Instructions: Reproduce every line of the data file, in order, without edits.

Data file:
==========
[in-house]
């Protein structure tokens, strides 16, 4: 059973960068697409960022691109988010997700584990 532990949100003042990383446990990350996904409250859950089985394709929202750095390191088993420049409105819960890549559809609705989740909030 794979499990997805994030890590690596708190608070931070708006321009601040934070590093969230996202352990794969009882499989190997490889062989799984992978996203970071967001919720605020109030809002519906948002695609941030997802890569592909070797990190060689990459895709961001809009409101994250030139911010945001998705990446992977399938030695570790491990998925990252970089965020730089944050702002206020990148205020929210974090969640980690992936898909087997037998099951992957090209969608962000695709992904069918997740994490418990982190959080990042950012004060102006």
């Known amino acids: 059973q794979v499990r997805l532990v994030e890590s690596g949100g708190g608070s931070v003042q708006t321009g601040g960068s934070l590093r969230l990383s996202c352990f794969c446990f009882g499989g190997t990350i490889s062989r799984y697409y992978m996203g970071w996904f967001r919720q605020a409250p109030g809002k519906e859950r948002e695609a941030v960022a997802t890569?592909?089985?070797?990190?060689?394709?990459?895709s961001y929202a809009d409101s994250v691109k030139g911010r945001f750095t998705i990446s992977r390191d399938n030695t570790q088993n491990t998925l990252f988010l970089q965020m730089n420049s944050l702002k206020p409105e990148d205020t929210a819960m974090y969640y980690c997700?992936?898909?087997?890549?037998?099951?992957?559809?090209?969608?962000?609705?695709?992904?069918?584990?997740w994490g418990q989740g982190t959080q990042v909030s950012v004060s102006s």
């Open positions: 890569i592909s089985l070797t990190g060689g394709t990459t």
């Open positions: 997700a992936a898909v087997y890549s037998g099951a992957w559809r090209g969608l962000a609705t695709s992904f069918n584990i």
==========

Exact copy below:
[in-house]
């Protein structure tokens, strides 16, 4: 059973960068697409960022691109988010997700584990 532990949100003042990383446990990350996904409250859950089985394709929202750095390191088993420049409105819960890549559809609705989740909030 794979499990997805994030890590690596708190608070931070708006321009601040934070590093969230996202352990794969009882499989190997490889062989799984992978996203970071967001919720605020109030809002519906948002695609941030997802890569592909070797990190060689990459895709961001809009409101994250030139911010945001998705990446992977399938030695570790491990998925990252970089965020730089944050702002206020990148205020929210974090969640980690992936898909087997037998099951992957090209969608962000695709992904069918997740994490418990982190959080990042950012004060102006």
């Known amino acids: 059973q794979v499990r997805l532990v994030e890590s690596g949100g708190g608070s931070v003042q708006t321009g601040g960068s934070l590093r969230l990383s996202c352990f794969c446990f009882g499989g190997t990350i490889s062989r799984y697409y992978m996203g970071w996904f967001r919720q605020a409250p109030g809002k519906e859950r948002e695609a941030v960022a997802t890569?592909?089985?070797?990190?060689?394709?990459?895709s961001y929202a809009d409101s994250v691109k030139g911010r945001f750095t998705i990446s992977r390191d399938n030695t570790q088993n491990t998925l990252f988010l970089q965020m730089n420049s944050l702002k206020p409105e990148d205020t929210a819960m974090y969640y980690c997700?992936?898909?087997?890549?037998?099951?992957?559809?090209?969608?962000?609705?695709?992904?069918?584990?997740w994490g418990q989740g982190t959080q990042v909030s950012v004060s102006s």
């Open positions: 890569i592909s089985l070797t990190g060689g394709t990459t």
């Open positions: 997700a992936a898909v087997y890549s037998g099951a992957w559809r090209g969608l962000a609705t695709s992904f069918n584990i």